Bruce Willis did a good job with his part, but he simply didn't appear to be old enough. Where were the makeup people with the latex stipple, who could've made him look over 60, as his character was meant to be? I found it laughable when, (unlike a "real" sixty-something unattached guy - or even the real Bruce Willis!), he kept rebuffing the advances of a hot, young blonde babe, who adored him.
In any case, this movie moved along pretty well, so that I was never bored. Perhaps it was the stunning visuals, with the occasional flashes of vivid color, that kept my attention.
This is a film I'd often heard about, but it was never on where I live. In the end, I had to buy the DVD - and I'm glad I did!
"Marty" is the eponymously named story of a Bronx butcher.
Marty did not set out to be a butcher - he was to attend university - but his father's untimely death sealed his fate. Now, he has ambitions to buy the shop in which he has worked for many years.
Poor Marty - he's 34, his parents' first-born, and (shock, horror!) the only one of the brood who remains unattached. It seems not a day goes by without his widowed mother, or some other neighbourhood busybody, bugging him about when he's going to get married. They tell him, "You should be ashamed of yourself!" for still being single. It must've been quite a cross to bear, being over 30 and single in a 1950s Italian-American family!
Marty supports himself and his mother. They live in the family home, where Marty grew up. He is a gentle soul, who has not had a lot of luck with the opposite sex. He doesn't have a great deal of confidence in himself, and believes himself to be ugly.
Life is pretty ho-hum in Marty's world. He always meets the same group of friends, "the guys", all of whom are single and in pretty much the same rut as Marty. They have conversations like, "What do you want to do tonight?" "I don't know, what do you want to do?", back and forth. Each suggestion of something to do is met with disdain.
Marty's friends extol the virtues of the pulp writing of the most macho writer of macho stories, Mickey Spillane ("That Mickey Spillane, he sure can write"). Marty's friends are all going nowhere, fast. If those guys were around today, they might be talking instead about the latest Xbox and PlayStation games.
Marty meets a plain-looking woman, Clara (who had been dumped by her own date) when he and his best friend Angie (short for Angelo?) go to the Stardust Ballroom, looking to meet "tomatoes". Marty and Clara seem to hit it off and talk for hours, stopping at various other spots after leaving the Stardust (in Marty's excitement, he forgets to tell Angie he's leaving). Marty and Clara stop back at his house for something, where Clara briefly meets Marty's mother.
When Marty's walking Clara home shortly thereafter, they run into Angie, who is very rude to Clara when Marty introduces her to him. Angie is peeved that Marty left him behind for her.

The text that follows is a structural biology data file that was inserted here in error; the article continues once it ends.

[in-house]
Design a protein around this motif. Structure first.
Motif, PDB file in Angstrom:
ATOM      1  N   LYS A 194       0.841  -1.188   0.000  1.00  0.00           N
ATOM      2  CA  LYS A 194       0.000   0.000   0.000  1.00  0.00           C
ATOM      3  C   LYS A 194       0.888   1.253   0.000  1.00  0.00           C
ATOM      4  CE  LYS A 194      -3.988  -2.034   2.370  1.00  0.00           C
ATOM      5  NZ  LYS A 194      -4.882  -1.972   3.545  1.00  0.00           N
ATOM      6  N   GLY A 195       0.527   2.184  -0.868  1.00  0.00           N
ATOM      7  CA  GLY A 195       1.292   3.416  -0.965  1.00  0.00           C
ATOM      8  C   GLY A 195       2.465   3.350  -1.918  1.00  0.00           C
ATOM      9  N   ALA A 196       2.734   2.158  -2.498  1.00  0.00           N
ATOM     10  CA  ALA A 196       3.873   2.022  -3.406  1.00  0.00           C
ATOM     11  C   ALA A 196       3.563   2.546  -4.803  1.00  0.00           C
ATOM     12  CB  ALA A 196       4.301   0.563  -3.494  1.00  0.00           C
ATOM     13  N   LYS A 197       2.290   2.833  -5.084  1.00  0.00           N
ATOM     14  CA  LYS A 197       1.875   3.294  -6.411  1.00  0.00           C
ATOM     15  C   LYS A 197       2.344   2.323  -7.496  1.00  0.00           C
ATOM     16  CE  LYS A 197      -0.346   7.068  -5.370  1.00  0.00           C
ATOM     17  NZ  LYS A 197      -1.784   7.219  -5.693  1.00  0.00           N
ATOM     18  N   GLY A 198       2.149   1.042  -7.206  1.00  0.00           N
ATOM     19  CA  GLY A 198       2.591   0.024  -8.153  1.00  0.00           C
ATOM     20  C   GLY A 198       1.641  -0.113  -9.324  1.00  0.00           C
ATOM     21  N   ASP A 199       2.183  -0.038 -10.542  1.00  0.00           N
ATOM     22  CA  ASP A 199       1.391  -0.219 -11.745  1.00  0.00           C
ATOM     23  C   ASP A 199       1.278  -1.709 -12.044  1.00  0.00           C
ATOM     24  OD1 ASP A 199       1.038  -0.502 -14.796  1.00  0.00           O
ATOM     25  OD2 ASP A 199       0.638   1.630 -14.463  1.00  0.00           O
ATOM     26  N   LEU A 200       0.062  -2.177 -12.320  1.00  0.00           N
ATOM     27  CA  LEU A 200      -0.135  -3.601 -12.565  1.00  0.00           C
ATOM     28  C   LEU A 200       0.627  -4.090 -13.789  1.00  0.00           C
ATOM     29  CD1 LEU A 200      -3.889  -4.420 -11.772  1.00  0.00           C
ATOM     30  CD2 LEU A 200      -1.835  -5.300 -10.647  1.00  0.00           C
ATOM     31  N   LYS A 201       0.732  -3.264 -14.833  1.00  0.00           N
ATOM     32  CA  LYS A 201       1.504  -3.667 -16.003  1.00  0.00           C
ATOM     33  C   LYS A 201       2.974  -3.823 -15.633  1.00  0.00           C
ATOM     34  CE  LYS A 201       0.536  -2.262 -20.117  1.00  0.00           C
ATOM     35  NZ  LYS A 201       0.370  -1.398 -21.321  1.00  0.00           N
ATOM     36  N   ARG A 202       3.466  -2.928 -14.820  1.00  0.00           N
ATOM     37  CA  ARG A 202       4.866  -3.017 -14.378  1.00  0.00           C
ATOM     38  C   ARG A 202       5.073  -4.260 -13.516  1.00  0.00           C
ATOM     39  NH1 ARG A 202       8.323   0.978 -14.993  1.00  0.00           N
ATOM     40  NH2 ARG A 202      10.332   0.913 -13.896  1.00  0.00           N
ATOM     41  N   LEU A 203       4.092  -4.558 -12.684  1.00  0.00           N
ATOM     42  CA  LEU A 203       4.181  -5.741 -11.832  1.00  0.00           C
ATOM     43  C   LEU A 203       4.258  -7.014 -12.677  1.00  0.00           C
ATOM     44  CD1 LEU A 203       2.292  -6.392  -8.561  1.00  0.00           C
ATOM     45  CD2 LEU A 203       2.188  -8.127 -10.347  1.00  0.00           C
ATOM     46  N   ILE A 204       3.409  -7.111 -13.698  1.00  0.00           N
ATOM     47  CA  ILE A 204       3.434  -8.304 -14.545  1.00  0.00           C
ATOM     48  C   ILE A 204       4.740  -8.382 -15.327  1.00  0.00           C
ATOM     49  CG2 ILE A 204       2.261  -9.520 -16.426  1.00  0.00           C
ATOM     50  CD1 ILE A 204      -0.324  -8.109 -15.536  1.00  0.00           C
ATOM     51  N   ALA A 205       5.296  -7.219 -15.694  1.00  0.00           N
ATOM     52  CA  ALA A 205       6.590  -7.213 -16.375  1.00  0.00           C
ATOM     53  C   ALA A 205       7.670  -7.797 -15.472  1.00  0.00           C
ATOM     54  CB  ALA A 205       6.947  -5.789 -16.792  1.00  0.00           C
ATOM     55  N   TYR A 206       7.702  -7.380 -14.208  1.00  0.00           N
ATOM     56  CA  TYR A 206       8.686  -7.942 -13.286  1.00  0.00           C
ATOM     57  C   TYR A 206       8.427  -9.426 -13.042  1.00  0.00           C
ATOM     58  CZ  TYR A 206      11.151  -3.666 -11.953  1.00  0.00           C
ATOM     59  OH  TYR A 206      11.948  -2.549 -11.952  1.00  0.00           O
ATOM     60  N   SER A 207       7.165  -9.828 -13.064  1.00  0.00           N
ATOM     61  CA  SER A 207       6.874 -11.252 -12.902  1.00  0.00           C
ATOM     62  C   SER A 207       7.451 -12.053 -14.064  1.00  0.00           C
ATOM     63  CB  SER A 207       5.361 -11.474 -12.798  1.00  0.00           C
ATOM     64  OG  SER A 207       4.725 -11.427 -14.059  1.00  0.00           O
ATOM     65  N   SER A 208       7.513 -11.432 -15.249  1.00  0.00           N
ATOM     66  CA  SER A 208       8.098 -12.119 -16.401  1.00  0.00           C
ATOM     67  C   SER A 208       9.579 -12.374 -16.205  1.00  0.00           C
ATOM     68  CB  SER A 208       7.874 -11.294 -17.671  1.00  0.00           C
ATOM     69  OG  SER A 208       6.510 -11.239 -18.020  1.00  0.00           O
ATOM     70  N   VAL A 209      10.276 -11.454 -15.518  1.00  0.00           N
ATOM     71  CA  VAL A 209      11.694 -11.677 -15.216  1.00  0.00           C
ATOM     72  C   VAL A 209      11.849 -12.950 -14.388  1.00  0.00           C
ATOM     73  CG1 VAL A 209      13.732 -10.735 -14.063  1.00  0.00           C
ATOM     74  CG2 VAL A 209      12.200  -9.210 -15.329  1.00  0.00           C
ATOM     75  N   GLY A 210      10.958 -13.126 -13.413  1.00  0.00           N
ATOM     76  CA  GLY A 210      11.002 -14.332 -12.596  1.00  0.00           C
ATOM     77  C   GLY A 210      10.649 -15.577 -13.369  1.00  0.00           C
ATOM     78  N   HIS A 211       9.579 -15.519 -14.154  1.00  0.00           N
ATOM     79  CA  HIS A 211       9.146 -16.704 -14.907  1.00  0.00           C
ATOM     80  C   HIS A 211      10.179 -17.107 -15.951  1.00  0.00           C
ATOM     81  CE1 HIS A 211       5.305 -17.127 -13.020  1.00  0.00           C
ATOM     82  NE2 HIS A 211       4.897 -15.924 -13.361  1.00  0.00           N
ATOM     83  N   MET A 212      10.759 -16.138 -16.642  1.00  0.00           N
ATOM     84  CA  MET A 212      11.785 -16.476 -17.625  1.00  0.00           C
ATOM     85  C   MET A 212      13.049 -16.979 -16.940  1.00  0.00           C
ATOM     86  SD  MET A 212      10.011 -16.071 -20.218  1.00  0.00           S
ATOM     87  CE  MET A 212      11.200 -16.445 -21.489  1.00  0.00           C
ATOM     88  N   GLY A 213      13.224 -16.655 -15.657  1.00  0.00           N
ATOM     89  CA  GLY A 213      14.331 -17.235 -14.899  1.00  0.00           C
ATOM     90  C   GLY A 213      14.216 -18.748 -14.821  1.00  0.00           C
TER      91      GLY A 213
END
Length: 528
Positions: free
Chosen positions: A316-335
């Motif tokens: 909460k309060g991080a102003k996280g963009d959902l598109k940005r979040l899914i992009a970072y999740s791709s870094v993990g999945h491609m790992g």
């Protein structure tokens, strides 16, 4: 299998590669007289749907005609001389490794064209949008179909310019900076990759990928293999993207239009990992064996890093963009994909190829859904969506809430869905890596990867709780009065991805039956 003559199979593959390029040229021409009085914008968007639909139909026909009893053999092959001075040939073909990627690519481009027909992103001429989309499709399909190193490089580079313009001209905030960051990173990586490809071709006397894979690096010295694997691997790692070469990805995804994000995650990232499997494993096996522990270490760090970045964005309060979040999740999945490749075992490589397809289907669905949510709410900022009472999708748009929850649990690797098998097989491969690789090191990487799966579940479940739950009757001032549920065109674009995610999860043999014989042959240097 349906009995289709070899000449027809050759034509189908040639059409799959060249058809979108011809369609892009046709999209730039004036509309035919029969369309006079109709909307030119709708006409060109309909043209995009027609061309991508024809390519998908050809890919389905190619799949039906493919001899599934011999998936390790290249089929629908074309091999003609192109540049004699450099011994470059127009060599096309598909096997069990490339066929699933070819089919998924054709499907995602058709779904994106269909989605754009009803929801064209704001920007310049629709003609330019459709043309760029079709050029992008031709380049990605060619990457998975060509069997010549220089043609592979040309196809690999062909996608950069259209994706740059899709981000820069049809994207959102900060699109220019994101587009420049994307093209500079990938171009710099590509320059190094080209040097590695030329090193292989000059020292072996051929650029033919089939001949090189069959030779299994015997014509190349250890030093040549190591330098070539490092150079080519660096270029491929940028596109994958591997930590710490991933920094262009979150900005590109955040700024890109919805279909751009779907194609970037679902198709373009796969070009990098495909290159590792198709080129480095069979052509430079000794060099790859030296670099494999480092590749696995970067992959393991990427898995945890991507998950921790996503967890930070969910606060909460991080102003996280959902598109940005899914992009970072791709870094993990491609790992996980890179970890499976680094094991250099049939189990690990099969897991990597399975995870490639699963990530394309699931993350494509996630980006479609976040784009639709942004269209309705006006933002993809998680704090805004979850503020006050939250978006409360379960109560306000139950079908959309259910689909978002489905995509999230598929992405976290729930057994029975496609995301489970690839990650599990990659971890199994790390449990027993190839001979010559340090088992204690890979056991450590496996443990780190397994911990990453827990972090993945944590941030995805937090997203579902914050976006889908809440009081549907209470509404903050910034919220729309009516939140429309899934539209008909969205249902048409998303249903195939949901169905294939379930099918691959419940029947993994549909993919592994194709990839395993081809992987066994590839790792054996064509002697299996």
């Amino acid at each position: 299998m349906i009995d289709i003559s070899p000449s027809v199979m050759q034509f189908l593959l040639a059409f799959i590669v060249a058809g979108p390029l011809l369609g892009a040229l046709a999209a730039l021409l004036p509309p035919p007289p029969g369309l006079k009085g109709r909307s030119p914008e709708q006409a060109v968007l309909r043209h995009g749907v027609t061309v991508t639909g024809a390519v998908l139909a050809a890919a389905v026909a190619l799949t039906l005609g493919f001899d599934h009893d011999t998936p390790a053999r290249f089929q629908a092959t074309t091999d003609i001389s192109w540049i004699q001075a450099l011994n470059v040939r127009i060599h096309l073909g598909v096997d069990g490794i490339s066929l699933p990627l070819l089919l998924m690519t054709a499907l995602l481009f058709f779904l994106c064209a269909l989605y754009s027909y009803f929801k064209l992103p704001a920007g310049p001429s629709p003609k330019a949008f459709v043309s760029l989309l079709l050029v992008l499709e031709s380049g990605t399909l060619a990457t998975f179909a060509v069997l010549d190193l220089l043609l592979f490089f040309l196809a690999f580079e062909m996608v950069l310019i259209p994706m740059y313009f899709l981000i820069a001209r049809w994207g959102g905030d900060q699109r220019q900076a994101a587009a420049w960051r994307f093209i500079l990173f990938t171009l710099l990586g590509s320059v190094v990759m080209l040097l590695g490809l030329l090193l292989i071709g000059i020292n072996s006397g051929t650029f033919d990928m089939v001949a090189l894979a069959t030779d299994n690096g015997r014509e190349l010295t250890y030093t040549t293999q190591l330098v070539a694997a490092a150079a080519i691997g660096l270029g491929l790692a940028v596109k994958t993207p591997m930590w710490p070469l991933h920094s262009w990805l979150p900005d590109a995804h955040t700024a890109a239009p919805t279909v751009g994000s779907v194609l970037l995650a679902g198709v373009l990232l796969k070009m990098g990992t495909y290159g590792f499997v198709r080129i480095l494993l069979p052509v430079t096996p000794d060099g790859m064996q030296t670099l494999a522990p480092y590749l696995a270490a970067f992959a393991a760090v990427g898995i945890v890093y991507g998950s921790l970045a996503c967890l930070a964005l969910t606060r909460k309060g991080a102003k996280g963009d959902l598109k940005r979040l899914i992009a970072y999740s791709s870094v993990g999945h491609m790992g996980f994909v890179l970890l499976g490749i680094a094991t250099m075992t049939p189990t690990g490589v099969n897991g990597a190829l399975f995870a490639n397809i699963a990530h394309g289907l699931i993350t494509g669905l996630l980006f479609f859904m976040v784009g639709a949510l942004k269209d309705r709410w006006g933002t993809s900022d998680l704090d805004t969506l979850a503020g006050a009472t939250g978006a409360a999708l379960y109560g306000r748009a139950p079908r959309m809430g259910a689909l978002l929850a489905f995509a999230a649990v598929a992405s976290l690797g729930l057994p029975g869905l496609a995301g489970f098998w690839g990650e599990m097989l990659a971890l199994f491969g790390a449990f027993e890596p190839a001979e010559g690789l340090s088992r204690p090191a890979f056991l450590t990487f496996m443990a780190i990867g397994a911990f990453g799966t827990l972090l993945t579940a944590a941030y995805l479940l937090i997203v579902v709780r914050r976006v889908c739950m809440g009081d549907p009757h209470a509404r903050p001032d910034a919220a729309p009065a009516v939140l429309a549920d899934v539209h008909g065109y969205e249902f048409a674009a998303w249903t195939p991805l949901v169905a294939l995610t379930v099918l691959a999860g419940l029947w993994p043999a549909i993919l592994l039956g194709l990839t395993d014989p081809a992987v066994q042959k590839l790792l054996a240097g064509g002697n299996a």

The next day, Marty is flying on cloud 9, but his mother, after interference from her fatalistic sister, now believes that she will end up out in the cold because of Clara. She tells Marty that she doesn't like Clara, and forbids Marty from ever bringing her to their home again.
Later in conversation, Angie dismisses Clara as a dog, and that, plus his mother's feelings, causes Marty to reconsider his feelings for Clara.
Ernest Borgnine was superb in this film. I know it was based on a tele-play with Rod Steiger in the role, but I've never seen that version. I cannot picture anyone doing it as well as Borgnine did.
I believe this film was well-cast all around, and cannot think of a single actor who did not acquit himself/herself well.
At first glance, I thought the characters of the mother and the aunt were rather stereotypical "old Italian ladies". However, remembering the older women in my own Italian-American family, those characters do ring true. There was not a lot left for older widowed ladies back then, because all they'd ever known was husband, house, and children. They'd never had to earn a paid living. When the husband died and the children grew up, they were often at a loss as to what to do with themselves. They usually did end up living with one of their children's families, though not always happily-ever-after.
The film was shot in black and white, which gave it a stark moodiness that color couldn't have provided nearly as well. It helps to convey the almost claustrophobic, brooding feeling in Marty's house, and to highlight its physical decline - letting us (and Marty) know that maybe it's time to move on to something new?
First off, I have to say that this film is like a painting in motion. The visuals are absolutely stunning.
It's one thing to show a locust plague - the noise as a dark cloud of locusts swarms above its prey, the carefully-tended wheat crop - and it's another to have tight close-up shots of locusts eating the wheat. Locusts can actually be seen chewing on individual grains! It was positively brilliant.
How I wish I'd seen this film on the big screen, but I have to make do with DVD. I think the lush cinematography would have been unbelievable when seen at the cinema.